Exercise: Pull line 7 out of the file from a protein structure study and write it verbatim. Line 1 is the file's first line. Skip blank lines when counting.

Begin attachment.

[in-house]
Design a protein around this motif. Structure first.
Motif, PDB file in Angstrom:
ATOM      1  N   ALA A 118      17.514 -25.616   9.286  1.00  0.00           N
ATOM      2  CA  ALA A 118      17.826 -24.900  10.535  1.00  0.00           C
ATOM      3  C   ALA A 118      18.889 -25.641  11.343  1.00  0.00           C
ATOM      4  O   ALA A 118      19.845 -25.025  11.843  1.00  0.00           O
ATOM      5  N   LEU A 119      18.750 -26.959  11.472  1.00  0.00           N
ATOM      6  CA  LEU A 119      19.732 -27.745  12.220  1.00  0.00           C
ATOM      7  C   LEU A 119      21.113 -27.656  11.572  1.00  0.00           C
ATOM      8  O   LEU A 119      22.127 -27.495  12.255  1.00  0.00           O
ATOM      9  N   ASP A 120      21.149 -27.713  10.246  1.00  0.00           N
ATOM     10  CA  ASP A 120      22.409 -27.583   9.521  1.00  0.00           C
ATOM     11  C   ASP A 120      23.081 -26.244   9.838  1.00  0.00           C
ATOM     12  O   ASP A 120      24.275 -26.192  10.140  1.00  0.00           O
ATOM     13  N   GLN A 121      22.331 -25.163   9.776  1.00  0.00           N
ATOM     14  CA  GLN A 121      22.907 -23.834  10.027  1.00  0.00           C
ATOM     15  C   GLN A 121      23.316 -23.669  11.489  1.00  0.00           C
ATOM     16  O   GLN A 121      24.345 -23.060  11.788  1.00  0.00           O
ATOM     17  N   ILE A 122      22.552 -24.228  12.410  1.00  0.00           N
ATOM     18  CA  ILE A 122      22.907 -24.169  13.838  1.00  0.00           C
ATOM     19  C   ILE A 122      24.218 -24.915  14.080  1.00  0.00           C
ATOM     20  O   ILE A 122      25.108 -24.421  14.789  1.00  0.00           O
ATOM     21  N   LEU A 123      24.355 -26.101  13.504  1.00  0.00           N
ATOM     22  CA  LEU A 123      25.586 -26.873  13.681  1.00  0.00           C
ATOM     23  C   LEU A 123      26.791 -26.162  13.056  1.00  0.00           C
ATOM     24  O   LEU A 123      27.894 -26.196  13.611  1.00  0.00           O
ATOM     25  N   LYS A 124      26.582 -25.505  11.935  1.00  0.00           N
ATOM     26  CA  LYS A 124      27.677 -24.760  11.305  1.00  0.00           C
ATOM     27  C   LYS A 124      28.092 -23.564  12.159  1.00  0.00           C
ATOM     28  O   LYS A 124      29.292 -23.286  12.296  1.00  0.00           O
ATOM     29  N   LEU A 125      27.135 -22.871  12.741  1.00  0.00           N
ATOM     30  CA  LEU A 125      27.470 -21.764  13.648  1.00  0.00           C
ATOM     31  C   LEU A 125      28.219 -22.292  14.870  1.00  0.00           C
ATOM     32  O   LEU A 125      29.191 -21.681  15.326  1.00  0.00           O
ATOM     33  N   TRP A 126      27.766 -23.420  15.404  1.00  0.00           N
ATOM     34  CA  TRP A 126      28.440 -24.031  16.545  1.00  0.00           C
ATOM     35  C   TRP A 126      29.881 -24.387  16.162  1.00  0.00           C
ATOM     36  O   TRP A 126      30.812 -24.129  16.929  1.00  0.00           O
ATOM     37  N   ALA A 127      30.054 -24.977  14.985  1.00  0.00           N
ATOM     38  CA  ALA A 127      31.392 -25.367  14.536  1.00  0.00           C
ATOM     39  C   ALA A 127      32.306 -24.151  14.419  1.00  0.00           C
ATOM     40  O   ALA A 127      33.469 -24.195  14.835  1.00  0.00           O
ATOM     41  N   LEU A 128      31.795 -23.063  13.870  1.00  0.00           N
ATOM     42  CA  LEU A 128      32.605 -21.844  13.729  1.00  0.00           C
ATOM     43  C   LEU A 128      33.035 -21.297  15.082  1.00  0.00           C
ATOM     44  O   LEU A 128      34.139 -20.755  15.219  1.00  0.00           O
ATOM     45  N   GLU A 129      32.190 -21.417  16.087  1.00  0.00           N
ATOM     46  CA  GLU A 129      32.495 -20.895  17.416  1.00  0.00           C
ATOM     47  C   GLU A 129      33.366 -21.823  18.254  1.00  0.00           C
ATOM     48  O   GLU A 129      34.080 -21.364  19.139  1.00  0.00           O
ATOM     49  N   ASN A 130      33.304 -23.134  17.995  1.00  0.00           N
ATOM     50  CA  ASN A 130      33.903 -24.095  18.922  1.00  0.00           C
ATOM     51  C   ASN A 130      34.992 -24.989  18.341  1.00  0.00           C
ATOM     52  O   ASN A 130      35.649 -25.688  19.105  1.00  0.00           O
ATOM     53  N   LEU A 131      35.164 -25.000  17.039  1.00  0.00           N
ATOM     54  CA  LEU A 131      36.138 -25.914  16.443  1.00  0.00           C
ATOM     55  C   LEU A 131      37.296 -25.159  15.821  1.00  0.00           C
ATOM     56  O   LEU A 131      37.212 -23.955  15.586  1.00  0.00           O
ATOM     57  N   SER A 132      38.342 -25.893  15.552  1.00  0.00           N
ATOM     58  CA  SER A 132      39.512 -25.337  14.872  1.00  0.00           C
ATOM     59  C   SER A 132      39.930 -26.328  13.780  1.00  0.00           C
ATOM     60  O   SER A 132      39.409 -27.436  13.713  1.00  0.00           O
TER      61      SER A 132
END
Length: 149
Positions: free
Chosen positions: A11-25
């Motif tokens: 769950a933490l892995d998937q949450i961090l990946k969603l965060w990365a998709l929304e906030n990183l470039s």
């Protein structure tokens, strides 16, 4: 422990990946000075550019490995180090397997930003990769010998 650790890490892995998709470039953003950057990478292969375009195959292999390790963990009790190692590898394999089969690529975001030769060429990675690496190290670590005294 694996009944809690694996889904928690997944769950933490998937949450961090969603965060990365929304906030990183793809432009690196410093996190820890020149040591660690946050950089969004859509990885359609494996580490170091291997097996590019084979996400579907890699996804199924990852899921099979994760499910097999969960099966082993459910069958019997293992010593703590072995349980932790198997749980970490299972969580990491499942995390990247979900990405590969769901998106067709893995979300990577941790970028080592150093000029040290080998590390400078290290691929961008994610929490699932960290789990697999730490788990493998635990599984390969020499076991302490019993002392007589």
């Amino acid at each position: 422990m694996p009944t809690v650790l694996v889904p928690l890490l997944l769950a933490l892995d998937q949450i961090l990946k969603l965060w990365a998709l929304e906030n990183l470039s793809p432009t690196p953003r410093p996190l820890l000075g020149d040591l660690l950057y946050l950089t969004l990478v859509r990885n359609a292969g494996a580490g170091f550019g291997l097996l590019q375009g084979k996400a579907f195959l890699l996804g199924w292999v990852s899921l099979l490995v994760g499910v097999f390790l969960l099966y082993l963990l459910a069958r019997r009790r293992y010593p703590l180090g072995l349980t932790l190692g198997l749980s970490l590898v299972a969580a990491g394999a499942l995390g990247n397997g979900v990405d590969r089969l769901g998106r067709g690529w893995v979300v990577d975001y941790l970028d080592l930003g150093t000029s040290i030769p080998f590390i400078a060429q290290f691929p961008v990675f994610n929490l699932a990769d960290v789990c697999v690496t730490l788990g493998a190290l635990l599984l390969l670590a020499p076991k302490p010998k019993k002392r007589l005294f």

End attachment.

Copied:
ATOM      4  O   ALA A 118      19.845 -25.025  11.843  1.00  0.00           O